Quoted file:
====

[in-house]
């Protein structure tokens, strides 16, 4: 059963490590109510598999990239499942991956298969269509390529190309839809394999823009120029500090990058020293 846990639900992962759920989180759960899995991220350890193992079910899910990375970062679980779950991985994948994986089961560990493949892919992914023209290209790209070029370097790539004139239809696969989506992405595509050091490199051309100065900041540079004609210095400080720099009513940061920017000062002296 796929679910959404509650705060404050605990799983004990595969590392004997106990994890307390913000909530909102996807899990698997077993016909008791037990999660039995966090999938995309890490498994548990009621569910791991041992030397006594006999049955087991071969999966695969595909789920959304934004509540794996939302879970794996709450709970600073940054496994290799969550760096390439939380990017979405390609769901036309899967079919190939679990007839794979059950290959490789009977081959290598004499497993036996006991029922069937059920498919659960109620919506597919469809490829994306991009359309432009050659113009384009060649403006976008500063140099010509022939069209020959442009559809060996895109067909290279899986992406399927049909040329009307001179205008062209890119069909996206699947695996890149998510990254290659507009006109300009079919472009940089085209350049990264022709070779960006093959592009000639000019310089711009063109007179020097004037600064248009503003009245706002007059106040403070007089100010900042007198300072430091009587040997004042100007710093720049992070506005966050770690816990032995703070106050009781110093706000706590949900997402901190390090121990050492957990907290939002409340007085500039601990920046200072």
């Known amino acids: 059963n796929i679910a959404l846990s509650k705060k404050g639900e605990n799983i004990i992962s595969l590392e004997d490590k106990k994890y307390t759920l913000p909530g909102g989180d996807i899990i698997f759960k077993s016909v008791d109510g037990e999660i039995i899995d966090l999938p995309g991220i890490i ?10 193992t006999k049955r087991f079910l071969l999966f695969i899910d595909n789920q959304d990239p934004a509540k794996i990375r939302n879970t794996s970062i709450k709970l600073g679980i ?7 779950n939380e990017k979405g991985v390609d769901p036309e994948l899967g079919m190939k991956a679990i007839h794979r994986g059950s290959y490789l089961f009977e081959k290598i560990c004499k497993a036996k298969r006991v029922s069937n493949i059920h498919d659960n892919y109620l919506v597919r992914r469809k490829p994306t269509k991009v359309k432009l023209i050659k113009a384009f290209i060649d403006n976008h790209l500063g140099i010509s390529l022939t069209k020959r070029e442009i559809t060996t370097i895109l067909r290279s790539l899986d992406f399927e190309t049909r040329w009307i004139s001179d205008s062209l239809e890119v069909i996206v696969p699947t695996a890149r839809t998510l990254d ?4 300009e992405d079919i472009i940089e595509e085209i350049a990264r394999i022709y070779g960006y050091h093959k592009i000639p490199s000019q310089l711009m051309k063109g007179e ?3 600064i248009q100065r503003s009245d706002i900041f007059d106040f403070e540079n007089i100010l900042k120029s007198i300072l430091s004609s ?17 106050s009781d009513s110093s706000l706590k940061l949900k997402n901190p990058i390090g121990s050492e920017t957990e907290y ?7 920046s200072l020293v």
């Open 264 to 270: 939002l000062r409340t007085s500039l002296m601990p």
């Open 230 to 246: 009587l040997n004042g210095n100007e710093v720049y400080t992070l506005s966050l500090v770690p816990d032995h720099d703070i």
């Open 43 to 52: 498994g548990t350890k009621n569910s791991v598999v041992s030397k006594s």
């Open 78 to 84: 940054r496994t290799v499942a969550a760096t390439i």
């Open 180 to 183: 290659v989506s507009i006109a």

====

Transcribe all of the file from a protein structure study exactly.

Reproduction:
[in-house]
């Protein structure tokens, strides 16, 4: 059963490590109510598999990239499942991956298969269509390529190309839809394999823009120029500090990058020293 846990639900992962759920989180759960899995991220350890193992079910899910990375970062679980779950991985994948994986089961560990493949892919992914023209290209790209070029370097790539004139239809696969989506992405595509050091490199051309100065900041540079004609210095400080720099009513940061920017000062002296 796929679910959404509650705060404050605990799983004990595969590392004997106990994890307390913000909530909102996807899990698997077993016909008791037990999660039995966090999938995309890490498994548990009621569910791991041992030397006594006999049955087991071969999966695969595909789920959304934004509540794996939302879970794996709450709970600073940054496994290799969550760096390439939380990017979405390609769901036309899967079919190939679990007839794979059950290959490789009977081959290598004499497993036996006991029922069937059920498919659960109620919506597919469809490829994306991009359309432009050659113009384009060649403006976008500063140099010509022939069209020959442009559809060996895109067909290279899986992406399927049909040329009307001179205008062209890119069909996206699947695996890149998510990254290659507009006109300009079919472009940089085209350049990264022709070779960006093959592009000639000019310089711009063109007179020097004037600064248009503003009245706002007059106040403070007089100010900042007198300072430091009587040997004042100007710093720049992070506005966050770690816990032995703070106050009781110093706000706590949900997402901190390090121990050492957990907290939002409340007085500039601990920046200072």
């Known amino acids: 059963n796929i679910a959404l846990s509650k705060k404050g639900e605990n799983i004990i992962s595969l590392e004997d490590k106990k994890y307390t759920l913000p909530g909102g989180d996807i899990i698997f759960k077993s016909v008791d109510g037990e999660i039995i899995d966090l999938p995309g991220i890490i ?10 193992t006999k049955r087991f079910l071969l999966f695969i899910d595909n789920q959304d990239p934004a509540k794996i990375r939302n879970t794996s970062i709450k709970l600073g679980i ?7 779950n939380e990017k979405g991985v390609d769901p036309e994948l899967g079919m190939k991956a679990i007839h794979r994986g059950s290959y490789l089961f009977e081959k290598i560990c004499k497993a036996k298969r006991v029922s069937n493949i059920h498919d659960n892919y109620l919506v597919r992914r469809k490829p994306t269509k991009v359309k432009l023209i050659k113009a384009f290209i060649d403006n976008h790209l500063g140099i010509s390529l022939t069209k020959r070029e442009i559809t060996t370097i895109l067909r290279s790539l899986d992406f399927e190309t049909r040329w009307i004139s001179d205008s062209l239809e890119v069909i996206v696969p699947t695996a890149r839809t998510l990254d ?4 300009e992405d079919i472009i940089e595509e085209i350049a990264r394999i022709y070779g960006y050091h093959k592009i000639p490199s000019q310089l711009m051309k063109g007179e ?3 600064i248009q100065r503003s009245d706002i900041f007059d106040f403070e540079n007089i100010l900042k120029s007198i300072l430091s004609s ?17 106050s009781d009513s110093s706000l706590k940061l949900k997402n901190p990058i390090g121990s050492e920017t957990e907290y ?7 920046s200072l020293v």
């Open 264 to 270: 939002l000062r409340t007085s500039l002296m601990p």
């Open 230 to 246: 009587l040997n004042g210095n100007e710093v720049y400080t992070l506005s966050l500090v770690p816990d032995h720099d703070i």
């Open 43 to 52: 498994g548990t350890k009621n569910s791991v598999v041992s030397k006594s």
């Open 78 to 84: 940054r496994t290799v499942a969550a760096t390439i």
């Open 180 to 183: 290659v989506s507009i006109a």